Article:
deviceid4               gdlr_deviceid_list<>;
           bool                    gdlr_eof;
   };

   union GETDEVICELIST4res switch (nfsstat4 gdlr_status) {
   case NFS4_OK:
           GETDEVICELIST4resok     gdlr_resok4;
   default:
           void;
   };

   <CODE ENDS>

14.2.3.  MOTIVATION

   The GETDEVICELIST operation was introduced in [RFC5661] specifically
   to request a list of devices at file system mount time from block
   layout type servers.  However, the use of the GETDEVICELIST operation
   introduces a race condition versus notification about changes to pNFS
   device IDs as provided by CB_NOTIFY_DEVICEID.  Implementation
   experience with block layout servers has shown that there is no need



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   for GETDEVICELIST.  Clients have to be able to request new devices
   using GETDEVICEINFO at any time in response to either a new deviceid
   in LAYOUTGET results or the CB_NOTIFY_DEVICEID callback operation.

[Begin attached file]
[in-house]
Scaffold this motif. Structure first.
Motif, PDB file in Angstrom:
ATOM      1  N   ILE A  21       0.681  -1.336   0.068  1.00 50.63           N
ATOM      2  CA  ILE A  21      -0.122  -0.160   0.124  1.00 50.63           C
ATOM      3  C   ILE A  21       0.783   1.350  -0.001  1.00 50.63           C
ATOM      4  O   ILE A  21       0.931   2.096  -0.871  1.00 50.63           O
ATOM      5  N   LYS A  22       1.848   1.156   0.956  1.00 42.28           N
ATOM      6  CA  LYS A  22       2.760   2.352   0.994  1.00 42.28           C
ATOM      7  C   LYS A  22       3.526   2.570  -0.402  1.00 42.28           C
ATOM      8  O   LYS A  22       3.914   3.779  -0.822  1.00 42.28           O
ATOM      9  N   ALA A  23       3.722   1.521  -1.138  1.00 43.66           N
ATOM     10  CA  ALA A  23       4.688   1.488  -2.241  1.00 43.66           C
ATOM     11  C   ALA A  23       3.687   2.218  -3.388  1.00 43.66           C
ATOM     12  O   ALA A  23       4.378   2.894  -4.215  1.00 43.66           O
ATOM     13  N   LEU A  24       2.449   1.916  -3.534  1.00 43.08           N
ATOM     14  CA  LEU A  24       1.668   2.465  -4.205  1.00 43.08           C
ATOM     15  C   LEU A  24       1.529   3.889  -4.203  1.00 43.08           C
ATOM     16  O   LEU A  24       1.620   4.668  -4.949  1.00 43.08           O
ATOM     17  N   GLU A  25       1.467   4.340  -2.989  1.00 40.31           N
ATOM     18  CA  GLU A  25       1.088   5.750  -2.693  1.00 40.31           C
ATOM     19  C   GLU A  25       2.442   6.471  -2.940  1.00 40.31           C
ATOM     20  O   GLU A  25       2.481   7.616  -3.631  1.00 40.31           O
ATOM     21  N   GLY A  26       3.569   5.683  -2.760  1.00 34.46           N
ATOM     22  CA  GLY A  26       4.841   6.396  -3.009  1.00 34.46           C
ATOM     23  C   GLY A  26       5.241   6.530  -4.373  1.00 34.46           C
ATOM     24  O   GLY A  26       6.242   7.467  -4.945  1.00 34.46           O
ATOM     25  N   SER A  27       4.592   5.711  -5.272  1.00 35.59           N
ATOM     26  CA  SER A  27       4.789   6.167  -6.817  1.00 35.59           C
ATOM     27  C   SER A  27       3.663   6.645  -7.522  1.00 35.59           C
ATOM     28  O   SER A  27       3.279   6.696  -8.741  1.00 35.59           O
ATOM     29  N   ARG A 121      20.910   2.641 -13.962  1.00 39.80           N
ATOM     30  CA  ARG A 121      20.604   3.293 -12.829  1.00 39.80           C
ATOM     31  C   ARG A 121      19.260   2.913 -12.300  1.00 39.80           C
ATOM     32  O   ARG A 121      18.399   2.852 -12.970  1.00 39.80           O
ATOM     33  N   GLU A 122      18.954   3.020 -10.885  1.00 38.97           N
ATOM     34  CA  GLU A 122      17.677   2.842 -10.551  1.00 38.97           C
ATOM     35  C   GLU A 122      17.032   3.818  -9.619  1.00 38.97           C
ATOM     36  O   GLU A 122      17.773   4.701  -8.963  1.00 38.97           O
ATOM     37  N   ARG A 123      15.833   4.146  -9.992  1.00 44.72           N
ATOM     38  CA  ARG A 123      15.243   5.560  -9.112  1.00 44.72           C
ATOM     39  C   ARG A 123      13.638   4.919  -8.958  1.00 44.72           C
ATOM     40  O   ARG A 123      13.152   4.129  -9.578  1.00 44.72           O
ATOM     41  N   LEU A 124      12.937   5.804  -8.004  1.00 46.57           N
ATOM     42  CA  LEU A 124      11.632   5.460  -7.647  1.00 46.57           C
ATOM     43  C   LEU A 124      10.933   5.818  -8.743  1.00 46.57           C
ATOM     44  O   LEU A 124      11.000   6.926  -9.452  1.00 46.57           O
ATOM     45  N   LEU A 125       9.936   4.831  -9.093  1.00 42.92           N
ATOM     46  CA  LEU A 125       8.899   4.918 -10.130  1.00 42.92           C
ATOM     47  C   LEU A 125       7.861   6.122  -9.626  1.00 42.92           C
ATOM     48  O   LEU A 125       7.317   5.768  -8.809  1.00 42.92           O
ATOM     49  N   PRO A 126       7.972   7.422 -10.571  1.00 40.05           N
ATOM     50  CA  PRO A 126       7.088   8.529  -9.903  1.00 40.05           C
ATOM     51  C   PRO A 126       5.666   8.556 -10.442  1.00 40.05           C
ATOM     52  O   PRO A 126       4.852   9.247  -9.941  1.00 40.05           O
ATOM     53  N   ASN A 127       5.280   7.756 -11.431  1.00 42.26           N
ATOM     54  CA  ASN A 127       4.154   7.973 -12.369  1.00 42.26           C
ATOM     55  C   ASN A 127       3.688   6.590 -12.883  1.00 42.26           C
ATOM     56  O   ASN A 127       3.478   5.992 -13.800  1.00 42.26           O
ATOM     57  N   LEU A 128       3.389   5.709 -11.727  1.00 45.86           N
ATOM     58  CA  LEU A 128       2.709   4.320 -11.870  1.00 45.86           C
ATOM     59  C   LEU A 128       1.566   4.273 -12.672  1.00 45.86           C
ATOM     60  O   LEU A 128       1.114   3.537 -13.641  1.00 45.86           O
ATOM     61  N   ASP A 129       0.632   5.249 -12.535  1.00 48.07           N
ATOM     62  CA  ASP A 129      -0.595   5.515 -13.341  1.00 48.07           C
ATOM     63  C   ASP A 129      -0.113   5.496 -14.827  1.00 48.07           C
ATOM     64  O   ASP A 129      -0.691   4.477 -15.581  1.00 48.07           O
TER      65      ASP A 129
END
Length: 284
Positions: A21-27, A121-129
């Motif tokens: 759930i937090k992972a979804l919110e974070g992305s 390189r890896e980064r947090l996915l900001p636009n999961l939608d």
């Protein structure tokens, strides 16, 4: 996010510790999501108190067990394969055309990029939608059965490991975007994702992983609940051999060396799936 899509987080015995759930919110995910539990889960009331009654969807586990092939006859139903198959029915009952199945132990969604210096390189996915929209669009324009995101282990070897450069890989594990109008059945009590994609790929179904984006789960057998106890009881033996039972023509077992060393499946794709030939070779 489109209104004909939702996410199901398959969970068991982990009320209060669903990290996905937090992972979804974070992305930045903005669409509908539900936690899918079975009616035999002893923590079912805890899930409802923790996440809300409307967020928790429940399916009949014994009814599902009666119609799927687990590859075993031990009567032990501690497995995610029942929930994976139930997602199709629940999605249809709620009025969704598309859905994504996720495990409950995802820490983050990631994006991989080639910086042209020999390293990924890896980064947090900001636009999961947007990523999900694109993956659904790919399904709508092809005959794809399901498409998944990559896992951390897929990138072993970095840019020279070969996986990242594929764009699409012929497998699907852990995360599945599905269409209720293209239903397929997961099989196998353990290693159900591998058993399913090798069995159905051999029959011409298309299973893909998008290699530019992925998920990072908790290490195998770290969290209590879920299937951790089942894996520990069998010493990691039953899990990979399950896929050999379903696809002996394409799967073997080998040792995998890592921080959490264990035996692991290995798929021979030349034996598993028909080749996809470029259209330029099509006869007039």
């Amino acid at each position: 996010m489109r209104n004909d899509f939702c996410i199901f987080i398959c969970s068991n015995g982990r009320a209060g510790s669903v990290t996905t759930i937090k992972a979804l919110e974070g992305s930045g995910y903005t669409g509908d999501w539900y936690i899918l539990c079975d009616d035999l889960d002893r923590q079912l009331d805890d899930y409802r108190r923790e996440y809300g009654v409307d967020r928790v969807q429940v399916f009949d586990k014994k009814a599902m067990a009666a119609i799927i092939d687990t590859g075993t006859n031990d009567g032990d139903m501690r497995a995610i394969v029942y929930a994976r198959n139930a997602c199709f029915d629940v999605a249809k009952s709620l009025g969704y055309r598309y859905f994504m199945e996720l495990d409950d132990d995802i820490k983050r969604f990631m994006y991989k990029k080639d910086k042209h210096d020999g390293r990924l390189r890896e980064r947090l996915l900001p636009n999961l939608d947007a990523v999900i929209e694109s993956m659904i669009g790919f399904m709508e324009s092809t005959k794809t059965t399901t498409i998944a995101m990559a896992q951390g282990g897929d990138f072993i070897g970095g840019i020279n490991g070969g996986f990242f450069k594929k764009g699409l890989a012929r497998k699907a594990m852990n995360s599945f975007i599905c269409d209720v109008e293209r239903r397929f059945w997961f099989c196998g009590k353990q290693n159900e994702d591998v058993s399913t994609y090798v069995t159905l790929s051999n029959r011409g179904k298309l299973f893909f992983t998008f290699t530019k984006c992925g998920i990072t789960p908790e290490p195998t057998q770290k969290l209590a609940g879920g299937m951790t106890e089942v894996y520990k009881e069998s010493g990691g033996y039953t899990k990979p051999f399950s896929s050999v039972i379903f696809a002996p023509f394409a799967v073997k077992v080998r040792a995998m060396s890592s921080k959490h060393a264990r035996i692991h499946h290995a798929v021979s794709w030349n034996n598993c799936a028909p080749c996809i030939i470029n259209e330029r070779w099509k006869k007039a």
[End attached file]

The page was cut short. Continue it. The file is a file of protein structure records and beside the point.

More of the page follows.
14.2.4.  DESCRIPTION

   Clients and servers MUST NOT implement the GETDEVICELIST operation.

15.  NFSv4.2 Operations

15.1.  Operation 59: ALLOCATE - Reserve space in a region of a file

15.1.1.  ARGUMENT

   <CODE BEGINS>

   struct ALLOCATE4args {
           /* CURRENT_FH: file */
           stateid4        aa_stateid;
           offset4         aa_offset;
           length4         aa_length;
   };

   <CODE ENDS>

15.1.2.  RESULT

   <CODE BEGINS>

   struct ALLOCATE4res {
           nfsstat4        ar_status;
   };

   <CODE ENDS>

15.1.3.  DESCRIPTION

   Whenever a client wishes to reserve space for a region in a file, it
   calls the ALLOCATE operation with the current filehandle set to the
   filehandle of the file in question, and with the start offset and
   length in bytes of the region set in aa_offset and aa_length,
   respectively.

   CURRENT_FH must be a regular file.  If CURRENT_FH is not a regular
   file, the operation MUST fail and return NFS4ERR_WRONG_TYPE.






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   The aa_stateid MUST refer to a stateid that is valid for a WRITE
   operation and follows the rules for stateids in Sections 8.2.5 and
   18.32.3 of [RFC5661].

   The server will ensure that backing blocks are reserved to the region
   specified by aa_offset and aa_length, and that no future writes into
   this region will return NFS4ERR_NOSPC.  If the region lies partially